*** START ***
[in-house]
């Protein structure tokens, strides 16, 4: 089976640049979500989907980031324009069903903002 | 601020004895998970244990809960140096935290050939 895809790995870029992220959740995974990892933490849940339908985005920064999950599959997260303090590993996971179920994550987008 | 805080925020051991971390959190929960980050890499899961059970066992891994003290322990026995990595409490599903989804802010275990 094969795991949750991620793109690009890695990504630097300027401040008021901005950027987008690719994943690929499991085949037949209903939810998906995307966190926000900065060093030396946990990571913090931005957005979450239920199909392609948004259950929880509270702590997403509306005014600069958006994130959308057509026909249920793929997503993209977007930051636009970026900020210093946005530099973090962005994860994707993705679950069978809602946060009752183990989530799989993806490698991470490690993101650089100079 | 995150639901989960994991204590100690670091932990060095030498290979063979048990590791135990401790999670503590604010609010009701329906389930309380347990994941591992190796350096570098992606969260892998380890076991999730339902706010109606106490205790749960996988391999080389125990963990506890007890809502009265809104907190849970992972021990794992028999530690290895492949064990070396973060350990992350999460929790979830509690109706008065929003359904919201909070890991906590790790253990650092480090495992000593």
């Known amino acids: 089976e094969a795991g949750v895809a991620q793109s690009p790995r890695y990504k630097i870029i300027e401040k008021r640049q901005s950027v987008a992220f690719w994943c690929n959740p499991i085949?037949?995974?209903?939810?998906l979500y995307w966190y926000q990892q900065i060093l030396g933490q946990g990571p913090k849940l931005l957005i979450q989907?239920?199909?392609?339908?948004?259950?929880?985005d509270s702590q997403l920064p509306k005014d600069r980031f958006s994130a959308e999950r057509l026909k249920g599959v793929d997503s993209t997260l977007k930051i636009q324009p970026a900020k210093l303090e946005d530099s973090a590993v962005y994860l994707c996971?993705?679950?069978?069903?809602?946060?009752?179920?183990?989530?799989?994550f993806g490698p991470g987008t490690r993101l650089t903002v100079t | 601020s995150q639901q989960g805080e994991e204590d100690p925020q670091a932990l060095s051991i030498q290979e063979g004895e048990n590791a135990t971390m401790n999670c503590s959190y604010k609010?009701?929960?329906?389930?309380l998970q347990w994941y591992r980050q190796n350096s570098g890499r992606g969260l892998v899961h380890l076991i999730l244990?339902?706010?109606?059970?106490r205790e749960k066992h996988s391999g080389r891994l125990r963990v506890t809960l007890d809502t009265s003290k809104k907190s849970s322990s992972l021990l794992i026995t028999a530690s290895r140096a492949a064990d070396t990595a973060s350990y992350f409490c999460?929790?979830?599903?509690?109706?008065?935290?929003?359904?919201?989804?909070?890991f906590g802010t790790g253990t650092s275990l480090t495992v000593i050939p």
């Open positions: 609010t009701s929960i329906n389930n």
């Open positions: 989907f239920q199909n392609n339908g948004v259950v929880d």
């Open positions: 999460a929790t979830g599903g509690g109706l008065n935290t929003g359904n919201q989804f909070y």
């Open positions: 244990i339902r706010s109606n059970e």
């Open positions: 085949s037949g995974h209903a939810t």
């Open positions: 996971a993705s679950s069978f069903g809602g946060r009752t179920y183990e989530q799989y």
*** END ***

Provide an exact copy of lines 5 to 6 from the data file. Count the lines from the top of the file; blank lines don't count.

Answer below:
């Open positions: 989907f239920q199909n392609n339908g948004v259950v929880d």
């Open positions: 999460a929790t979830g599903g509690g109706l008065n935290t929003g359904n919201q989804f909070y």